Holistic solutions to mobility in port areas

Holistic solutions to mobility in port areas

23 February 2022
Changed
1 March 2022
Webinar cover of harbor

The first UBC TALKS webinar of the year 2022 was held on 22 February and it discussed different urban mobility solutions and practices developed in the HUPMOBILE project.

The webinar was opened by Tero Haahtela and Teemu Surakka from Aalto University, lead partner of the project, who briefly explained HUPMOBILE in a nutshell. The project, which started in 2019 and ended last year, aimed to provide holistic solutions to sustainable mobility in the Baltic Sea Region. It focused on sharing knowledge, developing existing solutions and processes, and improving stakeholder engagement. In their opening presentation, Haahtela and Surakka highlighted two of the project’s outputs: the Self-Assessment Tool and the Impact Assessment Tool, as those reflect the project’s overall themes of being intended for a wider board of stakeholders and sharing best practices with other cities.

Next presentation was by Marketta Kyttä from Aalto University, who discussed how the mobility behavior styles of urban residents can be addressed in smart urban planning. The presentation was based on a study that Aalto University conducted in the city of Turku in the beginning of 2020, where they launched a maptionnaire to survey 800 people on their mobility lifestyle. The results were used to examine the future developments of the city’s port area. In the study, 4 personas or lifestyles were identified and according to Kyttä, these personas can be targeted as different market segments in traffic management, for example, or considered when making investments or deciding on maintenance.

The third presentation was based on a case study conducted in the city of Hamburg. Heike Bunte explained that the aim of the study was to improve transport and active mobility in harbor areas, which traditionally are not designed for walking or cycling. However, as cities grow, there is a strong need to develop these areas because they contribute to sustainable cities. In the study an interactive map of a 12-kilometer cycling commuter route in the District of Altona was produced to address the common issues related to active mobility in harbor areas and to provide solutions to them.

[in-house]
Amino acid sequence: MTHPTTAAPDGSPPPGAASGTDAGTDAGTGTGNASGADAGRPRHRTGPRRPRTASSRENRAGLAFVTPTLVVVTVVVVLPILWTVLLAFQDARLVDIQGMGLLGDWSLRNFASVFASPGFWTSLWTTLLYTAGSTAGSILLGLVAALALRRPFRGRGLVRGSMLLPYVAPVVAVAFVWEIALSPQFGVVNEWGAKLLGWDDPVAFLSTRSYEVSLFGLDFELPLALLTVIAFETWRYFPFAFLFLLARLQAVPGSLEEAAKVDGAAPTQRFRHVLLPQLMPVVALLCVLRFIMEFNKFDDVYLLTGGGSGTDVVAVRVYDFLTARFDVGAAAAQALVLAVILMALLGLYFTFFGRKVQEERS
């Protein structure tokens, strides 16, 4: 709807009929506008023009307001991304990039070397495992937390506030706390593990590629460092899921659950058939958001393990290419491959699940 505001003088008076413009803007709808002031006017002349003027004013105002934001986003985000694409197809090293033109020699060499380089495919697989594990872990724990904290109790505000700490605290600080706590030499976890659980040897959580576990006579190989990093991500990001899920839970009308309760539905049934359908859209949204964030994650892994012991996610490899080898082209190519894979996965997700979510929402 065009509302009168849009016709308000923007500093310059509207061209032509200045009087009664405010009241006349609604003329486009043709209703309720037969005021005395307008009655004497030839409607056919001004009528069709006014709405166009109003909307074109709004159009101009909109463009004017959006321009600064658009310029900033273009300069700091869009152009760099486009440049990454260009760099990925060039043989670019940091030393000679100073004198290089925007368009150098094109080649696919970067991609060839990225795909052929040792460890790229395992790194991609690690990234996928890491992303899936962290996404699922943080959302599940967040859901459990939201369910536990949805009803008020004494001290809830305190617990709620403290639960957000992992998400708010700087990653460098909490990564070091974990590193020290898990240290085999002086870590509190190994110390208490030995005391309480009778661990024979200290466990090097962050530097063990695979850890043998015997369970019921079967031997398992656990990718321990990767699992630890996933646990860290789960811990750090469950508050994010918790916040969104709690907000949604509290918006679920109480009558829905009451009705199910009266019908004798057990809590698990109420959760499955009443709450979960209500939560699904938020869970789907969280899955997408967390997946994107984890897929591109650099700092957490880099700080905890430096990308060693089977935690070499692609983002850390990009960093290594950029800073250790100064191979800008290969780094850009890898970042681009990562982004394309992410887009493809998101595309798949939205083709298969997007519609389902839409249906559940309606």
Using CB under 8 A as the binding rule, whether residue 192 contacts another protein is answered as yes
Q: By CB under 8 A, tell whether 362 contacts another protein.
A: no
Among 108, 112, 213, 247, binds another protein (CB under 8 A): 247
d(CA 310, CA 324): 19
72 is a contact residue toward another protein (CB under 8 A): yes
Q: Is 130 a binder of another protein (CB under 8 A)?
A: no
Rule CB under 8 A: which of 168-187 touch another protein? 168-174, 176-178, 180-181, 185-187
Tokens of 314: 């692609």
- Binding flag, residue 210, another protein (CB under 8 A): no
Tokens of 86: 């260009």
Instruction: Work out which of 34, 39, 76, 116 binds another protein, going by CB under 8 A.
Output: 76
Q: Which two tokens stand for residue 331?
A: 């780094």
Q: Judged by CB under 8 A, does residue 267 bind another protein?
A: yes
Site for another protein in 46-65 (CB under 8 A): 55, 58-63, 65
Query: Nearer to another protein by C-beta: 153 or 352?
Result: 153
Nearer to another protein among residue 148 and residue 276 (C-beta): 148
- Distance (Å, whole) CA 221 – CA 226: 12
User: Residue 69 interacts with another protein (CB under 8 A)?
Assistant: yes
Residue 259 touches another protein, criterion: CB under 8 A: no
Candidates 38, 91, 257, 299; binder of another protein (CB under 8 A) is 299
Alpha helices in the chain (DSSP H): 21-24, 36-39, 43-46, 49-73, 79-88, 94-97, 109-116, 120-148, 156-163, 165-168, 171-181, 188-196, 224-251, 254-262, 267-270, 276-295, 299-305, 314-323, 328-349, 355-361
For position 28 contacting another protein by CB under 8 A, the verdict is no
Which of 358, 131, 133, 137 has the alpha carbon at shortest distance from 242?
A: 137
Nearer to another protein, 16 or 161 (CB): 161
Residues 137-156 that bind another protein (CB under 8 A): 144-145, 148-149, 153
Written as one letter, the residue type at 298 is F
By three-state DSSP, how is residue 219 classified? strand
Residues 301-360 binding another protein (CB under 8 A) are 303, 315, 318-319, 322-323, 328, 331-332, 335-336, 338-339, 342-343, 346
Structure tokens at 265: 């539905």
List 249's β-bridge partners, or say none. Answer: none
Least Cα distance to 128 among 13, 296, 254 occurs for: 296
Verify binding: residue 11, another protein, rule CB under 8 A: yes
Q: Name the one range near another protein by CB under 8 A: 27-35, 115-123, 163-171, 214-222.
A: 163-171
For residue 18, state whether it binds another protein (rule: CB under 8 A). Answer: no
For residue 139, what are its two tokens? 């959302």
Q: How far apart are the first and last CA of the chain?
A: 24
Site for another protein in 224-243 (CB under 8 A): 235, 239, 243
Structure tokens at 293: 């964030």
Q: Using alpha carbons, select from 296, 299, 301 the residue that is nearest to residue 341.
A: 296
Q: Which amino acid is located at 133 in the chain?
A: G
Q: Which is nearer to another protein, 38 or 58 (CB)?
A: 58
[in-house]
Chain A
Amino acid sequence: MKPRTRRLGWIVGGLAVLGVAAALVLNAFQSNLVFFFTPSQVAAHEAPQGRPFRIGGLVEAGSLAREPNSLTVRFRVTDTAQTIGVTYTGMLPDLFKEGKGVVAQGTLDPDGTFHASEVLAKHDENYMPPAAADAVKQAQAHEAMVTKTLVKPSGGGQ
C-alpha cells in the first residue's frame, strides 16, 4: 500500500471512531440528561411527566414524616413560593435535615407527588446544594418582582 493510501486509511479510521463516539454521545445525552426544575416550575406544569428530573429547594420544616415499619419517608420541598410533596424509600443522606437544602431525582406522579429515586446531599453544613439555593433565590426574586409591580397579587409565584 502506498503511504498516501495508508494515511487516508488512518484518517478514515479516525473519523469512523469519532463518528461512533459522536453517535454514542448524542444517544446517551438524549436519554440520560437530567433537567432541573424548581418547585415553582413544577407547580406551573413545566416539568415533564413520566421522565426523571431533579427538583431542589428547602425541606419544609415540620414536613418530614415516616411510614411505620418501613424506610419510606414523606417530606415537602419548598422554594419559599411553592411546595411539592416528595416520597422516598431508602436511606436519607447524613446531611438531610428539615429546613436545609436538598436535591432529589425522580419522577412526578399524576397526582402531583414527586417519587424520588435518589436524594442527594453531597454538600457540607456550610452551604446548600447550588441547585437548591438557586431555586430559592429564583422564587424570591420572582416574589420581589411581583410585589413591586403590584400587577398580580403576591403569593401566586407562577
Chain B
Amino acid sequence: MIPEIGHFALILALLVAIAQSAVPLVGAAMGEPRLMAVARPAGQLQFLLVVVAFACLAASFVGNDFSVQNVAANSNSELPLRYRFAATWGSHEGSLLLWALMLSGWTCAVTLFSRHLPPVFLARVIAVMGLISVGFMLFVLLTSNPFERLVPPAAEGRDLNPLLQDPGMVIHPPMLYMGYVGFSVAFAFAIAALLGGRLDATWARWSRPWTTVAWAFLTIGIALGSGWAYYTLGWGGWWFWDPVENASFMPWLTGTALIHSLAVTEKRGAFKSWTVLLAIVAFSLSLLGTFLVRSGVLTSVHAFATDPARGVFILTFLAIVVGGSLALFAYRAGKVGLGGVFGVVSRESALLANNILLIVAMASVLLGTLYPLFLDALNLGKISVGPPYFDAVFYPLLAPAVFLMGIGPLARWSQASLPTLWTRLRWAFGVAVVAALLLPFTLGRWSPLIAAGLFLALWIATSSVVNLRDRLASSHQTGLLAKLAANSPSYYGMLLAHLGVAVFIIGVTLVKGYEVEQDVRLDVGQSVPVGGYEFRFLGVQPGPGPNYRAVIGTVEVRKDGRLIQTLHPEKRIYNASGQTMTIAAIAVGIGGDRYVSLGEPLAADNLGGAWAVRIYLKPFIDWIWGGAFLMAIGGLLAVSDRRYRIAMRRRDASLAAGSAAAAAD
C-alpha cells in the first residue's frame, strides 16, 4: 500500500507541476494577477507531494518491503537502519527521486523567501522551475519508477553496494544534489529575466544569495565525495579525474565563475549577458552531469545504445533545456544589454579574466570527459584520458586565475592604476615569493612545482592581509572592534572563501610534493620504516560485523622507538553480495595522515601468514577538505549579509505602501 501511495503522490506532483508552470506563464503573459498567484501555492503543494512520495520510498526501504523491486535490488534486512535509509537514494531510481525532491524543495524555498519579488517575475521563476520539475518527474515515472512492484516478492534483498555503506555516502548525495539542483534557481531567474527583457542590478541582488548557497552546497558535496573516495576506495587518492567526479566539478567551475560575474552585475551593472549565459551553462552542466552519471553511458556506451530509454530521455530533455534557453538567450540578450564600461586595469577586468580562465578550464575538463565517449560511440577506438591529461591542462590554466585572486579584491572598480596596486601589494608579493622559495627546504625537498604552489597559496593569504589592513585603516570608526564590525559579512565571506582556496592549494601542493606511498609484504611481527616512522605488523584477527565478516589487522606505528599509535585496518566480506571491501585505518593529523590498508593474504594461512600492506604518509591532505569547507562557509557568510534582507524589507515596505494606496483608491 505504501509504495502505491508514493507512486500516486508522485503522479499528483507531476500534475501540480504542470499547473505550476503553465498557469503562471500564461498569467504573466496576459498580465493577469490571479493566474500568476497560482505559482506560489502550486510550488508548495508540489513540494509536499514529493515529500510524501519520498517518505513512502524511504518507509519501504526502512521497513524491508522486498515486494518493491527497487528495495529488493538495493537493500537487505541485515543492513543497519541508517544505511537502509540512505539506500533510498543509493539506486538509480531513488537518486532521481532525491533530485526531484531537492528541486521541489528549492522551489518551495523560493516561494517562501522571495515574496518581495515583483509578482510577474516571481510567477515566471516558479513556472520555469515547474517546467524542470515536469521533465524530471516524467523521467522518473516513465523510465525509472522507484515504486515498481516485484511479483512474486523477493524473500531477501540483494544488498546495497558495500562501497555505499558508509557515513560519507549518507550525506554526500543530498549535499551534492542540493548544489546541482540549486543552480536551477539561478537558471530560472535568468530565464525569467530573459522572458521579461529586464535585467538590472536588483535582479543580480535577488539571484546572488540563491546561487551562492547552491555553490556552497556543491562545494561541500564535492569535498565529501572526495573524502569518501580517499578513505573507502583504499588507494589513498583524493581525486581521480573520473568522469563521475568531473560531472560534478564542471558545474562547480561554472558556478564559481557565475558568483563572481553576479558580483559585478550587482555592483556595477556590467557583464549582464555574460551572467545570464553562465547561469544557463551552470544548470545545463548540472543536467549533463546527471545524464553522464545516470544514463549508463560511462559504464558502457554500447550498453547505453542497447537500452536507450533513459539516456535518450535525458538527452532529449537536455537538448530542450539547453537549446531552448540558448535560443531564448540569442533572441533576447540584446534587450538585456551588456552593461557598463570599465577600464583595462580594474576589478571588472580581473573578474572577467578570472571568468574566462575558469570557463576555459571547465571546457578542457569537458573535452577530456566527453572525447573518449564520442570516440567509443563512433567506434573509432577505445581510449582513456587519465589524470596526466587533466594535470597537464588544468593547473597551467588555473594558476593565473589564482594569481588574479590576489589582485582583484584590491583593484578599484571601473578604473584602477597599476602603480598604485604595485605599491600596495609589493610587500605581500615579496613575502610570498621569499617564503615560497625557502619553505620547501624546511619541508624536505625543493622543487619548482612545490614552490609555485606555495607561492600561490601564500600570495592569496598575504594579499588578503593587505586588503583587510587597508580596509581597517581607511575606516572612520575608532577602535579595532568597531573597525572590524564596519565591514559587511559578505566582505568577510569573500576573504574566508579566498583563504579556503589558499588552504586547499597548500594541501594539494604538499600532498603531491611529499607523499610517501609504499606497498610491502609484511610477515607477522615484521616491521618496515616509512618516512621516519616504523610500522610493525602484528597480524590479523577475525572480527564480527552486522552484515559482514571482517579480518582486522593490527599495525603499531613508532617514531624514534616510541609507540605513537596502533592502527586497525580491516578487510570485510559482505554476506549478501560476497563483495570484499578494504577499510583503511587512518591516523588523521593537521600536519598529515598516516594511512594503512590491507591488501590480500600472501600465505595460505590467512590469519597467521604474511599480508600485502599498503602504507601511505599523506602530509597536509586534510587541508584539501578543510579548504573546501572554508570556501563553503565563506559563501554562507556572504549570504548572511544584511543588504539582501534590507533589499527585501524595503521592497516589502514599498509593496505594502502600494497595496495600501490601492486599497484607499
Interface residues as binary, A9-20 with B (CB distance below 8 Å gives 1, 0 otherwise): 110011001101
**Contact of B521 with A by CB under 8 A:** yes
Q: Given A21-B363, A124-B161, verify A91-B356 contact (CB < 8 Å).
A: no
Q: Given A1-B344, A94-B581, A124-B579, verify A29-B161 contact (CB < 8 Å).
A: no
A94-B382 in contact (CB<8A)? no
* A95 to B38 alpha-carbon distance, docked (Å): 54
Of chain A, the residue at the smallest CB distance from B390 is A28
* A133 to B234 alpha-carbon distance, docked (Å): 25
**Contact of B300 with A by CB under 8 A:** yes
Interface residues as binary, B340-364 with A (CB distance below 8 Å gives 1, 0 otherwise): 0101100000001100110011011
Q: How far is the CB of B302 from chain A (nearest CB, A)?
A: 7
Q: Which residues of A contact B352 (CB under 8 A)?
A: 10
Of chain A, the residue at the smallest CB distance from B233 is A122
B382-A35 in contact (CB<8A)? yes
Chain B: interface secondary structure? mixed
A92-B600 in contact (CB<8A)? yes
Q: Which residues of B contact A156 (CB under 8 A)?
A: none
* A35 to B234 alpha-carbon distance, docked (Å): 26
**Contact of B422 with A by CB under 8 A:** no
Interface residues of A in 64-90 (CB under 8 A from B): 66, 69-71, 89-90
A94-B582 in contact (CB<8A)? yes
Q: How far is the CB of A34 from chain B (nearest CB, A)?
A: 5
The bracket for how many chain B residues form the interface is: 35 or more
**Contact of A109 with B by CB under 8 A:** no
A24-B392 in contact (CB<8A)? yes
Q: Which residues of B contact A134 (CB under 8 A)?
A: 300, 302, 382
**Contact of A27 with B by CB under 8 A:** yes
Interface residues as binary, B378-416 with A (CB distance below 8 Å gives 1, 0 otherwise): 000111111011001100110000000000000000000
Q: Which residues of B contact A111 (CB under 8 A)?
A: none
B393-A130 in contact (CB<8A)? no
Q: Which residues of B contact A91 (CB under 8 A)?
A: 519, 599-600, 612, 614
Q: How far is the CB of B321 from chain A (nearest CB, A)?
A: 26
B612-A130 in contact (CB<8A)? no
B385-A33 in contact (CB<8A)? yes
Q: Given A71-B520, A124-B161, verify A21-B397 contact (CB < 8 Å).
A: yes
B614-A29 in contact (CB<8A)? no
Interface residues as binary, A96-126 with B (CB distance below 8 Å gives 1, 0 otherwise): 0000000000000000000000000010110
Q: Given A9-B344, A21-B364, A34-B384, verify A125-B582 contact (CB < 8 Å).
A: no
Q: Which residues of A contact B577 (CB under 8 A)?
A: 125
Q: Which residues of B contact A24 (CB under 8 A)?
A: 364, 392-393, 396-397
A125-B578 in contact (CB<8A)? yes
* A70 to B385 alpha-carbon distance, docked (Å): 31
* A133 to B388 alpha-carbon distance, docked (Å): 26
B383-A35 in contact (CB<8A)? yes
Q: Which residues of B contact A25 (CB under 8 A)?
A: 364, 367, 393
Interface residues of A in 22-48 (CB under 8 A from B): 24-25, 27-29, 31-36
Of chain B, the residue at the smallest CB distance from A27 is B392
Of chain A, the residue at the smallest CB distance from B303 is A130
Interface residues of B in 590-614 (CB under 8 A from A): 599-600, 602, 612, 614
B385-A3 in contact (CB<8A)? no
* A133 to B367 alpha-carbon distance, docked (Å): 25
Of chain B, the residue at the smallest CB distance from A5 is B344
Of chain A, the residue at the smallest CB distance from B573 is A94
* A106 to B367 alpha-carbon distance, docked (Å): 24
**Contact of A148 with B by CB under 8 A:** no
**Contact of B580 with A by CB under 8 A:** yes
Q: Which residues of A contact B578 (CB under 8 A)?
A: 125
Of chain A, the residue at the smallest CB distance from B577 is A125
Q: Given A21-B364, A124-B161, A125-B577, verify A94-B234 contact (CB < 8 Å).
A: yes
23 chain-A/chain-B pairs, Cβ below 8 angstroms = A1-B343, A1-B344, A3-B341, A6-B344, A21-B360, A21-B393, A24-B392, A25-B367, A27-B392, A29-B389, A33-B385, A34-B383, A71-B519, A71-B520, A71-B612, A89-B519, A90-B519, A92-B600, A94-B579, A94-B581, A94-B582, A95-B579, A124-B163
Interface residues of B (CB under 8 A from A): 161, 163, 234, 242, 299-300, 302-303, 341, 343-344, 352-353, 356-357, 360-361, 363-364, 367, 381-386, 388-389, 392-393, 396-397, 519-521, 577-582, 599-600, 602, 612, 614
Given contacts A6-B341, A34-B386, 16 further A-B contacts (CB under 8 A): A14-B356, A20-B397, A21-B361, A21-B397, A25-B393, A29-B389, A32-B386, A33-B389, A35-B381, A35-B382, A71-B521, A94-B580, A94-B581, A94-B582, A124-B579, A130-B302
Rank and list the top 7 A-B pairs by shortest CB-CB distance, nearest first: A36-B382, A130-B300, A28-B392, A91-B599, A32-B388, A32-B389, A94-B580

Up next was the city of Tallinn that had launched a mini pilot to study adaptive traffic management, where traffic is optimized based on real-time data. According to Liivar Luts, the aim was to increase mobility flows using electronic solutions and to promote the switch towards greener transport, prioritizing public transport. Before moving on to the mini pilot, the city audited a road called Reidi to find out what kind of data is needed. In the actual mini pilot different detectors and a smart intersection software, which decides when to give the green light, were installed to a tricky, H-shaped intersection near the harbor. The result was that the city was able to reduce the total waiting time for cars and the tram was able to move faster. However, it was concluded that in these solutions, sensor information is crucial and that these results are feasible only in heavy traffic corridors. Moreover, there is no general end-product suitable for all cities, but these solutions must be tailored.

Lastly, it was the city of Riga and Kristaps Kaugurs and Viktorija Prilenska, who presented the Participatory Tools created in the project. These tools are intended to help improve stakeholder processes, as well as co-creation with residents on all kinds of public projects. The framework for stakeholder engagement process has a holistic approach and consist of 5 different stages from getting to know the stakeholder, to defining the goals and using the tools accordingly, to engaging and ultimately, to evaluating the outcomes. The toolkit on the other hand consists of 16 digital and 16 face to face methods, providing a mixture of different working modes. According to Kaugurs, the Participatory Planning Toolkit makes choosing the right methods for a project easy and fast and it also makes participatory planning methods easy to navigate, to understand and to use.

The webinar concluded in an active questions and answers session, where the participants were able to discuss with the speakers. Most questions concerned the applicability of these studies in different cities and even in different countries, as the webinar had several participants from outside Europe and the Baltic Sea Region.